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The CO2 outputs of restuarants

Written by
Poppy Stringer
6
min read
November 20, 2023

In a world increasingly conscious of its carbon footprints, the spotlight is now turning towards an industry that's been sizzling in the background - restaurants.

Beyond thinking about the mouth-watering aromas, delectable dishes, and unique cocktails, restaurant owners are looking at the environmental impact of their own hotspots.

As we dive into this culinary journey, we'll unveil the surprising CO2 outputs, uncovering how your business choices might be leaving a bigger mark on the planet than you'd expect.

We’ll explore:

  • How to Categorising Carbon Emissions via Scopes
  • The Average Scope per Restaurant
  • How Restaurants can Reduce their Emissions

Categorising CO2 footprints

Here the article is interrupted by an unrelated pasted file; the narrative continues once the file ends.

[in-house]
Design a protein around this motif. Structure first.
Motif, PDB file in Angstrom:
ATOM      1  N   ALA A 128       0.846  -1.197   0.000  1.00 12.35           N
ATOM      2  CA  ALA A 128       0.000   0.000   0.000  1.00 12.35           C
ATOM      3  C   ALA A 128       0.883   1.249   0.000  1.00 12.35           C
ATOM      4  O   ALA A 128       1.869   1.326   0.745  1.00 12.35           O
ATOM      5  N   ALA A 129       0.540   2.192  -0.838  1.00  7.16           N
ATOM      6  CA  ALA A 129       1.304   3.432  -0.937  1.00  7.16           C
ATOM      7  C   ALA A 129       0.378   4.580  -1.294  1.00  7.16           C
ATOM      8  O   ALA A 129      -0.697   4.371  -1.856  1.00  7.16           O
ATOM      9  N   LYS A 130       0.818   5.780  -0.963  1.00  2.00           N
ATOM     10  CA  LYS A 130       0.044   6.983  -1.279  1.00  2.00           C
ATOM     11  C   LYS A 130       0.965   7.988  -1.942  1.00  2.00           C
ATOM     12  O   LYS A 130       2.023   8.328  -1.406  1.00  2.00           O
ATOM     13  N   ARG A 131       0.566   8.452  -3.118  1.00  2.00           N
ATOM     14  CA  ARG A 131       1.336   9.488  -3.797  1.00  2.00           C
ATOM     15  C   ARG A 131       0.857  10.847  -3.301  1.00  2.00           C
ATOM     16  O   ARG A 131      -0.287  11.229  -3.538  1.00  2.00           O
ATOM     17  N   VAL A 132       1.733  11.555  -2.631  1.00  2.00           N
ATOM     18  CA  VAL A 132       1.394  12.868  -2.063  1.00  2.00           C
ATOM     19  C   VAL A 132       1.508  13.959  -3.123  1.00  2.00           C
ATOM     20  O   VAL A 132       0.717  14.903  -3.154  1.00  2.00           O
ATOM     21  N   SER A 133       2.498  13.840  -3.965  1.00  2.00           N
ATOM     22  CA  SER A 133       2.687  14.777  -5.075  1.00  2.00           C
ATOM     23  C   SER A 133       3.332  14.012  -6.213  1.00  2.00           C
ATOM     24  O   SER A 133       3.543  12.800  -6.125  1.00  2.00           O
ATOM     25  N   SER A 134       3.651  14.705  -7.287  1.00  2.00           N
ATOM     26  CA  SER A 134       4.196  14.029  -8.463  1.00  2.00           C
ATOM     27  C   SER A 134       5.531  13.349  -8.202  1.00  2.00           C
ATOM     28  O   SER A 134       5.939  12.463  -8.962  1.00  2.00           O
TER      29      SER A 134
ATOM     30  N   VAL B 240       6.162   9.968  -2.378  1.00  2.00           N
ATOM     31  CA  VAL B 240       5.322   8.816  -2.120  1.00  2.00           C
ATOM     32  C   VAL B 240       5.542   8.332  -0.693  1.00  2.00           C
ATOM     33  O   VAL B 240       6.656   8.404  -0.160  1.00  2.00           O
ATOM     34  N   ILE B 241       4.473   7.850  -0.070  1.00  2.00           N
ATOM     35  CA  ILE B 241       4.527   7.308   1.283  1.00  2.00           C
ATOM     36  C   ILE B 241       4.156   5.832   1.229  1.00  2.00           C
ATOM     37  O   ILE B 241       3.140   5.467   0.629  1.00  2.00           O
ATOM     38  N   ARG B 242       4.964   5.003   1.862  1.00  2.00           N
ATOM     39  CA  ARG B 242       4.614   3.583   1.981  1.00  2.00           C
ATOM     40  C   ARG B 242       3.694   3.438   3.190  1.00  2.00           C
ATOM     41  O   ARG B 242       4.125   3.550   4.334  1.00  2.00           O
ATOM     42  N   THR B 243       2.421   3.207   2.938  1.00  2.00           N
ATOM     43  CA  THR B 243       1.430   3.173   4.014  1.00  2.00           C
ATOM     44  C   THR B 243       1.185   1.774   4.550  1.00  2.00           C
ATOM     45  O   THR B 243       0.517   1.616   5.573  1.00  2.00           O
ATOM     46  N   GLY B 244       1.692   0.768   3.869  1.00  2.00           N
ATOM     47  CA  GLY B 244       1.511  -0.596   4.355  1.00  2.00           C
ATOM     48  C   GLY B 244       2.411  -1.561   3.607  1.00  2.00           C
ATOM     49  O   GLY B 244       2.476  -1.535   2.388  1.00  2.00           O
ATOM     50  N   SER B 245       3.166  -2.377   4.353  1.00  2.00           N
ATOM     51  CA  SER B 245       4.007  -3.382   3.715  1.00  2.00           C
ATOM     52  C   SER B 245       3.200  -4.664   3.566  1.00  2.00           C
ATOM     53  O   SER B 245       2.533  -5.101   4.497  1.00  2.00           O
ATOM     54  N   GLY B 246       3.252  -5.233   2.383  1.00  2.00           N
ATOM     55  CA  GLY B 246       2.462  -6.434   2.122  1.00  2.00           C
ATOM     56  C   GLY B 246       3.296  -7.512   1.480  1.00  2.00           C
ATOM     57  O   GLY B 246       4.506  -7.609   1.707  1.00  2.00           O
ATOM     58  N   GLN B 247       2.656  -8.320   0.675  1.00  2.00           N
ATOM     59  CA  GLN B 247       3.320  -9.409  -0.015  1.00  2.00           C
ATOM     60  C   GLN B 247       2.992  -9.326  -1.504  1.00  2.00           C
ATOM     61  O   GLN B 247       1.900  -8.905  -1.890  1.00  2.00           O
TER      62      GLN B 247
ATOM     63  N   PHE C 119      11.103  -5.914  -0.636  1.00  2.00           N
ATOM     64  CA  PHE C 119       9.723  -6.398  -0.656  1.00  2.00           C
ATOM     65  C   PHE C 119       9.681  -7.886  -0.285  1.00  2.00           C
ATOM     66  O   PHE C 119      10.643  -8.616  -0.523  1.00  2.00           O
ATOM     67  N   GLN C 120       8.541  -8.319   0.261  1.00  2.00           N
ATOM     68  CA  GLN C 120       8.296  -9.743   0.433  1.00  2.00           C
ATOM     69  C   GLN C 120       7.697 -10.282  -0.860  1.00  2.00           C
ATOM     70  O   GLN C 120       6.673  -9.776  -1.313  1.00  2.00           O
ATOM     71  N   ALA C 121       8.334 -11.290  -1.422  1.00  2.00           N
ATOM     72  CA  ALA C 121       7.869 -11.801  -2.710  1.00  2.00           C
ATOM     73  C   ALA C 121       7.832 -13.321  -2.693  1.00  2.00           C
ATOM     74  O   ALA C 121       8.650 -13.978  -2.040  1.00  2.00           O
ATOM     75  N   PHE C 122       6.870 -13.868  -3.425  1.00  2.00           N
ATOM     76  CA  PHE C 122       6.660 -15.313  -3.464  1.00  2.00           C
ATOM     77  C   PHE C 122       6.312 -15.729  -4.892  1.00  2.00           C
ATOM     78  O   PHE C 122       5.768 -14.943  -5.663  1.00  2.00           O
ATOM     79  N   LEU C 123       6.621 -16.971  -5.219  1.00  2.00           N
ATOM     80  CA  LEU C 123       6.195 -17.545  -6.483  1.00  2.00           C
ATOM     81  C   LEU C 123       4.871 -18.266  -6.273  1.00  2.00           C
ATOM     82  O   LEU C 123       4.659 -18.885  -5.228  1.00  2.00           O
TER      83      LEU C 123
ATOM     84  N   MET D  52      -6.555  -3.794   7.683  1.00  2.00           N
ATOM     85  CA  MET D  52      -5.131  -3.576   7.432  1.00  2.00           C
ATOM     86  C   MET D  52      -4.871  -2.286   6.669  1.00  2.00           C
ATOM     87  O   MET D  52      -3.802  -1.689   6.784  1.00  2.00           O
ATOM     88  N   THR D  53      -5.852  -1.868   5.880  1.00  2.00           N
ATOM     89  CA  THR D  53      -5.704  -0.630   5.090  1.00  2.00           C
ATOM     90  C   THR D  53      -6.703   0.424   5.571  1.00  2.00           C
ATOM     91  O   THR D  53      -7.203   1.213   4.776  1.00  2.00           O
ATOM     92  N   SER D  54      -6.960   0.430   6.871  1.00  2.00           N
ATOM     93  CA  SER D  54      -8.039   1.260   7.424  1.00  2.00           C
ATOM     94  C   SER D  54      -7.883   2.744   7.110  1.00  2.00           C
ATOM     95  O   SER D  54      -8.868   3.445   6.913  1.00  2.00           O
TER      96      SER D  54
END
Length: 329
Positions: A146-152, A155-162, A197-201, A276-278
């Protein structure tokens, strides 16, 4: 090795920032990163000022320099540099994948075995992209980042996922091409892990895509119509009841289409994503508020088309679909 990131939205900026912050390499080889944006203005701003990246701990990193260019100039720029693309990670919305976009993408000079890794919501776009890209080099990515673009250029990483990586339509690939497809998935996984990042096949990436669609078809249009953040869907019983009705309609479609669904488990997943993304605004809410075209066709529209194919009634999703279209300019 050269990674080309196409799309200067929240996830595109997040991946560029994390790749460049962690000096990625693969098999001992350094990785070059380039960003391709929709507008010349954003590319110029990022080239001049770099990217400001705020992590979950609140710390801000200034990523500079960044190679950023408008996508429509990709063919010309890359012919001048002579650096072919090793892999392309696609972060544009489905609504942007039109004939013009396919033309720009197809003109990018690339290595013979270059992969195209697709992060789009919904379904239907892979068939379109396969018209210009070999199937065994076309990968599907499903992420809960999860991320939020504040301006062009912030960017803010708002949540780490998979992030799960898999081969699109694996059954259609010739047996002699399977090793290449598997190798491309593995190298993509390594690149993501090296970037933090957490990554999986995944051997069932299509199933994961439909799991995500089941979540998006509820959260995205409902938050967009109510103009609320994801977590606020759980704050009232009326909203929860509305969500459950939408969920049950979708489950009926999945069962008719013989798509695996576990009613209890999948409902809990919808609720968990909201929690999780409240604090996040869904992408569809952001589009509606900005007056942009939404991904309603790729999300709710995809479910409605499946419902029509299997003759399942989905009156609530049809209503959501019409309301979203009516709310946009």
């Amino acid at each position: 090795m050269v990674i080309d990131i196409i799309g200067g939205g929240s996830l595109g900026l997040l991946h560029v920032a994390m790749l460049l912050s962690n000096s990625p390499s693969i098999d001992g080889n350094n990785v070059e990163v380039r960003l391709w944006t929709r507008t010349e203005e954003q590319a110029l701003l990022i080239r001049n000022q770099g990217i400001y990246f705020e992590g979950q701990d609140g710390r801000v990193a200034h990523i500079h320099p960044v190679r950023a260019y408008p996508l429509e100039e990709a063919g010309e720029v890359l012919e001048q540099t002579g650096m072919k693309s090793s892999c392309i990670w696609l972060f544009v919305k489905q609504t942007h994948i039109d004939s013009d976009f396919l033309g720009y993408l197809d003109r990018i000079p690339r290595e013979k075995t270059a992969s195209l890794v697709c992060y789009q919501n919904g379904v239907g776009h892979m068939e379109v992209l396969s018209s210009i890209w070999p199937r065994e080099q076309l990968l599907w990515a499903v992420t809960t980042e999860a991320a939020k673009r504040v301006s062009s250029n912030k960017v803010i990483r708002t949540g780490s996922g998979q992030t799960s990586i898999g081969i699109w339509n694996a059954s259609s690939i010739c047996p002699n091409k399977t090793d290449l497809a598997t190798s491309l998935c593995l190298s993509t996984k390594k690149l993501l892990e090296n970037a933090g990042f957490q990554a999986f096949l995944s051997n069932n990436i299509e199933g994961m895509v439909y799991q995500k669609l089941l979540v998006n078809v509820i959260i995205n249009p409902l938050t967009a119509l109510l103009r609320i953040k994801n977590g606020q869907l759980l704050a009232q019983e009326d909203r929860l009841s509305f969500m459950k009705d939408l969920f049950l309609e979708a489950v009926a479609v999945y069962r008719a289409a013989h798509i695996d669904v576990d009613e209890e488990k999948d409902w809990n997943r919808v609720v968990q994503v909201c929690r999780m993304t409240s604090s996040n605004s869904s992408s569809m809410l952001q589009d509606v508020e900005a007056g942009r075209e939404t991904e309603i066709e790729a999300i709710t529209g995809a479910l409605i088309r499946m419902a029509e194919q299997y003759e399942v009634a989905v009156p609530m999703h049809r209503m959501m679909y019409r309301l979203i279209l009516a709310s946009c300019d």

CO2 emissions can be put into 3 categories known as ‘Scopes’. These allow a business to categorise the different kinds of carbon emissions it generates within its own operations and within its wider value chain.

Scope 1

This is the direct GreenHouse Gas emissions (often referred to as GHGs) that a company makes from operations that are owned or controlled by the company itself. An example of this is the natural gas that is burned to power the stoves, ovens and other kitchen equipment within a restaurant.

Scope 2

These are the emissions made indirectly in the running of the company, such as purchased electricity, heating, lighting or cooling an office, or factory.  

Scope 3

This is the big one, it relates to the indirect emissions generated by the business. For most businesses, Scope 3 accounts for more than 70% of their carbon and that is why it is crucial it is calculated and can then be dealt with.

Average restaurant emission scopes

Whilst this varies as restaurants' practices and policies are all different the rough percentages and a breakdown of the emissions are given below;  

Scope 1: Between 15-20%

  • Natural gas usage: Roughly 2-5 tonnes of CO2 per year, accounting for about 10-15% of total emissions.